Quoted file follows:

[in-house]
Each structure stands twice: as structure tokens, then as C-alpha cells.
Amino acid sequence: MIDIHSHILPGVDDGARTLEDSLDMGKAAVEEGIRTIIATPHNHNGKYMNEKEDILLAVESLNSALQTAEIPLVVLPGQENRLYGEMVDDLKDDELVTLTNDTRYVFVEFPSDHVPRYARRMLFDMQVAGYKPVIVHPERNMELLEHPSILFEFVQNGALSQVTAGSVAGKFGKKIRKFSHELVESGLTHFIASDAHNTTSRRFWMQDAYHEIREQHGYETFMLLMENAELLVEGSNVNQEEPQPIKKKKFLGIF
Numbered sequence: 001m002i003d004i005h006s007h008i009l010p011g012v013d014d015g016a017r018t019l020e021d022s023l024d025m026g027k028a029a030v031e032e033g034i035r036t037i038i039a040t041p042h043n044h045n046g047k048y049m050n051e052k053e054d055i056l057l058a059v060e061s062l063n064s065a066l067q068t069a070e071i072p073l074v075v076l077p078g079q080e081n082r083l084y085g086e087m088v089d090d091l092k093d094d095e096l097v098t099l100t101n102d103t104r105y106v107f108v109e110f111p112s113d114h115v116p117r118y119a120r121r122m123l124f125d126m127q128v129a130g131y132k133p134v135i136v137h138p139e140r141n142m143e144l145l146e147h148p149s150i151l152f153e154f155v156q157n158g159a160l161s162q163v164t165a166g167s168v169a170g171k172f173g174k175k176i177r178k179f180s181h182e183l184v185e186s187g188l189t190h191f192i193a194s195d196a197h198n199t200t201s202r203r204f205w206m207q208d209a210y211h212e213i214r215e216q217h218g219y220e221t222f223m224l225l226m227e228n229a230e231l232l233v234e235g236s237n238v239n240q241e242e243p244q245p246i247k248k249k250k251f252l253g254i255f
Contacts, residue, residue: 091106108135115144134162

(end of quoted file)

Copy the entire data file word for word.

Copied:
[in-house]
Each structure stands twice: as structure tokens, then as C-alpha cells.
Amino acid sequence: MIDIHSHILPGVDDGARTLEDSLDMGKAAVEEGIRTIIATPHNHNGKYMNEKEDILLAVESLNSALQTAEIPLVVLPGQENRLYGEMVDDLKDDELVTLTNDTRYVFVEFPSDHVPRYARRMLFDMQVAGYKPVIVHPERNMELLEHPSILFEFVQNGALSQVTAGSVAGKFGKKIRKFSHELVESGLTHFIASDAHNTTSRRFWMQDAYHEIREQHGYETFMLLMENAELLVEGSNVNQEEPQPIKKKKFLGIF
Numbered sequence: 001m002i003d004i005h006s007h008i009l010p011g012v013d014d015g016a017r018t019l020e021d022s023l024d025m026g027k028a029a030v031e032e033g034i035r036t037i038i039a040t041p042h043n044h045n046g047k048y049m050n051e052k053e054d055i056l057l058a059v060e061s062l063n064s065a066l067q068t069a070e071i072p073l074v075v076l077p078g079q080e081n082r083l084y085g086e087m088v089d090d091l092k093d094d095e096l097v098t099l100t101n102d103t104r105y106v107f108v109e110f111p112s113d114h115v116p117r118y119a120r121r122m123l124f125d126m127q128v129a130g131y132k133p134v135i136v137h138p139e140r141n142m143e144l145l146e147h148p149s150i151l152f153e154f155v156q157n158g159a160l161s162q163v164t165a166g167s168v169a170g171k172f173g174k175k176i177r178k179f180s181h182e183l184v185e186s187g188l189t190h191f192i193a194s195d196a197h198n199t200t201s202r203r204f205w206m207q208d209a210y211h212e213i214r215e216q217h218g219y220e221t222f223m224l225l226m227e228n229a230e231l232l233v234e235g236s237n238v239n240q241e242e243p244q245p246i247k248k249k250k251f252l253g254i255f
Contacts, residue, residue: 091106108135115144134162